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One Act Play Festival proves fun for theatergoer

By Christopher K. Conner

Manhattan Arts Center’s One Act Play Festival ran Friday and Saturday night. The third annual Festival presented three one-act plays with the performance hall set up in a thrust configuration.

The first play, written by American playwright John J Wooten was “The Role of Della.” Elizabeth, portrayed by Kristina Gent is a talented, if a bit uncertain, actress trying out for the lead role of a play. Arriving at the tryouts a bit early, she catches Emma (Katie Sigman) perusing the headshots of other actresses.

The naive and apologetic Elizabeth fears that she has gotten her tryout off to a bad start and Emma’s attitude and sarcasm seem to support her fears. Emma seems to have something negative to say about everything Elizabeth does or says. On top of that, Emma makes the tryout increasingly more humiliating and bizarre until Elizabeth finally breaks and decides to leave. In a parting shot of spite, Emma says that Elizabeth is perfect for the role, but to expect a confirmation call before 4am, ensuring Elizabeth will wait up for a call that will never come.

“The Role of Della” was humorous and well performed. If I had to criticize anything, I wish I had been more in the dark about Emma’s motives. Judging by the reaction of the audience, there was enough obfuscation for some in attendance. For me, Sigman established pretty well at the start that Emma wasn’t supposed to be reviewing applicants. I might have enjoyed the piece more had I not already suspected what the punchline would be.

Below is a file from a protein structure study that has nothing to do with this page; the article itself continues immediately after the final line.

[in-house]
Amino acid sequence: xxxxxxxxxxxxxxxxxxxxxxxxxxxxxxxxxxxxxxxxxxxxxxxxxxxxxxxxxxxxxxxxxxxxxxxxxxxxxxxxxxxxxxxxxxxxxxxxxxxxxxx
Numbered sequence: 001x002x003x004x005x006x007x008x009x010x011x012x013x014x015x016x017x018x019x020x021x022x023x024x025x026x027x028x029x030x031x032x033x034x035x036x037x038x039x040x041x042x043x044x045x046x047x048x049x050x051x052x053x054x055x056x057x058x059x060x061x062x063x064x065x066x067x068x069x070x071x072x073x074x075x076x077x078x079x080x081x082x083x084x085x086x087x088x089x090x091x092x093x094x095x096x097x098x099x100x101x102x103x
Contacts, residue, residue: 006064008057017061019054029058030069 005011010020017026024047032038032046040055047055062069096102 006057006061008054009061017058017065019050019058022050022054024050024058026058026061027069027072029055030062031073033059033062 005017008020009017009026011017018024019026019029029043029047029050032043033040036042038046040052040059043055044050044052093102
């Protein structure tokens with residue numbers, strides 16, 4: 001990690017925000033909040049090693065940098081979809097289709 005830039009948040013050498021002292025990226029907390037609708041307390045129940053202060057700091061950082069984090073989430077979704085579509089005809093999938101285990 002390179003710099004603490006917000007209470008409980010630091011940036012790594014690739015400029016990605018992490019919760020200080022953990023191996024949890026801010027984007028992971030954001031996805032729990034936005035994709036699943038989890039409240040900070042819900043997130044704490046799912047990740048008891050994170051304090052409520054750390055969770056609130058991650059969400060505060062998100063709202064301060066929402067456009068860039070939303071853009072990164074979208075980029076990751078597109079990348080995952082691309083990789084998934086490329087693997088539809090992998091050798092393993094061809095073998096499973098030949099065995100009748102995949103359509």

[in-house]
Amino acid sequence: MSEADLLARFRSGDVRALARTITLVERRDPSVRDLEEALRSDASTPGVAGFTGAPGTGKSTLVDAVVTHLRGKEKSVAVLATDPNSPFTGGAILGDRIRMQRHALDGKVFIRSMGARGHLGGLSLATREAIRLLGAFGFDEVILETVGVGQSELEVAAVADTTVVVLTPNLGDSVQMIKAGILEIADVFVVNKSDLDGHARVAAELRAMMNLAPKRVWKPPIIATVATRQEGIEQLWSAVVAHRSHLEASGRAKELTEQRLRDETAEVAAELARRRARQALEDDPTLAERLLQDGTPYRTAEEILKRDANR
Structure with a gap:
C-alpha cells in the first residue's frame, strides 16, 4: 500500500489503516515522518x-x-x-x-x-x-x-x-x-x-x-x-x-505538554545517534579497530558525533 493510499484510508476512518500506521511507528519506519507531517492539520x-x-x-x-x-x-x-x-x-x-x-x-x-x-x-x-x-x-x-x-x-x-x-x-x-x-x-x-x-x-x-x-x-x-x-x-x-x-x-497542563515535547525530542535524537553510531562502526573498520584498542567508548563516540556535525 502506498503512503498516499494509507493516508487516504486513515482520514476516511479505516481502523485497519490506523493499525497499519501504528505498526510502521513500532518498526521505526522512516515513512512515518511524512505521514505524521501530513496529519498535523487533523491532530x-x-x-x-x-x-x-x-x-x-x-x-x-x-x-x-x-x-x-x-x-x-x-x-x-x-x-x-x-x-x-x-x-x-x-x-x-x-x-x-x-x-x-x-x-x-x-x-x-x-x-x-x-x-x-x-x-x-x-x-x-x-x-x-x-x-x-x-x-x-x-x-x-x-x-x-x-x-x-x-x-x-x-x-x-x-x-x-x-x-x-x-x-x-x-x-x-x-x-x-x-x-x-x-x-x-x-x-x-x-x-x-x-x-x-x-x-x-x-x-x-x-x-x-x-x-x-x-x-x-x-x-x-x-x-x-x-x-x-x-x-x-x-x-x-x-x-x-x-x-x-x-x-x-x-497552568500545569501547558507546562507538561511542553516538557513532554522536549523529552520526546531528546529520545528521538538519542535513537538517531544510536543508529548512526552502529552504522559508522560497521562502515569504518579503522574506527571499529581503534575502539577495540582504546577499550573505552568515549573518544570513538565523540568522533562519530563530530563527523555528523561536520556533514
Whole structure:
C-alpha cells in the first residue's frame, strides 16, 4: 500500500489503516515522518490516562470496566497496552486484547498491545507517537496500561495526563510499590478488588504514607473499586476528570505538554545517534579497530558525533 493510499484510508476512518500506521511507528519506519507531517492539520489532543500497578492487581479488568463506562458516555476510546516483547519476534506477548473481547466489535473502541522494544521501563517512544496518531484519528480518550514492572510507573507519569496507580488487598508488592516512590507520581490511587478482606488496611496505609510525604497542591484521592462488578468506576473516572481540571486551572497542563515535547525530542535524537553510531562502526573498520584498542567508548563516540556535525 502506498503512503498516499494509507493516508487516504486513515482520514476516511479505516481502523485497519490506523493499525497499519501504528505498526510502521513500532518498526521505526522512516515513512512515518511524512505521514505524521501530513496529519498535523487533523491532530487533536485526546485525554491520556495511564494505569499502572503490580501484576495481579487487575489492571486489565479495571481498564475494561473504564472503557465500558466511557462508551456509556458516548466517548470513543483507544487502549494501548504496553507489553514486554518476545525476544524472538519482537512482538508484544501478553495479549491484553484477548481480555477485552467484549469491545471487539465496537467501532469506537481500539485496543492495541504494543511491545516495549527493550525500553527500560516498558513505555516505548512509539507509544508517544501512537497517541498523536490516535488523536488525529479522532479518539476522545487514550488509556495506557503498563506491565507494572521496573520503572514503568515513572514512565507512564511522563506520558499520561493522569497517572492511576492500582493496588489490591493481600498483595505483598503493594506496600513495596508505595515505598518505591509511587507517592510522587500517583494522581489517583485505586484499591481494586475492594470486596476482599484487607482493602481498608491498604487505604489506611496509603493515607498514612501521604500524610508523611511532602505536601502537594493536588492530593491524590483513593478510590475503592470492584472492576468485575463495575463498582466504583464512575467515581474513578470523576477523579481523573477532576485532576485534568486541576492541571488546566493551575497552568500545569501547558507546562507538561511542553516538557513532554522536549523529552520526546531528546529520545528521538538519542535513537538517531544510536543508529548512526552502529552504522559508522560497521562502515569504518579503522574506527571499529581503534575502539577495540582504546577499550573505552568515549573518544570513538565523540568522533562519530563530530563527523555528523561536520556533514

Second in the lineup was Nina Shengold’s “No Shoulder.” The play begins as Ruth (Tiffany Dozier) is struggling to stay awake while driving alone in the dark. She seems to nod off but quickly swerves as some obstacle looms in her headlights. Coming to a stop, Ruth is catching her breath when Bobbie (Ashalen Sims) appears at the window.

After nearly running the homeless teen over, Ruth acquiesces to give the girl a ride, since they are going to the same town. After some awkwardness, the two end up talking and find that their lives intersect more than either of them could have known. Comedic interactions between Ruth and Bobbie fade away as they learn more and dust away their presumptions about each other, ending in a heavy and somewhat gloomy climax.

The performance of “No Shoulder” was good and clear. The acting strained against the limits of the setting. Confined to the front seat of a car, both actors (especially Dozier, trapped behind an imaginary steering wheel with need to keep her eyes on the road) had energy that needed somewhere to go.

After an intermission, the final performance of the evening was “Sister Mary Ignatius Explains It All to You” by Christopher Durang. With Penny Cullers in the title role, Sister Mary is a stereotypical teaching nun. Her not blind but wide-eyed devotion to her faith and uncompromising Catholic mindset become evident as she presents the way things are and answers questions recorded on cards.

Mary proceeds to explain that the Immaculate Conception refers to Mary’s lack of original sin, not Jesus’ before calling for a drink of water from her seven-year-old student Thomas (Colin Dansel). Mary takes joy in quizzing Thomas about commandments. She also relishes his fine soprano voice and regrets that the Church no longer preserves young boys’ voices as they did with the castrati.

The play continues with Sister Mary answering questions from three by five cards, supposedly collected from the audience. Many times she answered with a disdainful ‘yes’ and moved on without explanation. Other questions elicited an angry eye cast over the audience, looking for the offending questioner. Both provided ample opportunity for comedic effect, and Cullers proved to have good pacing and timing for comedy.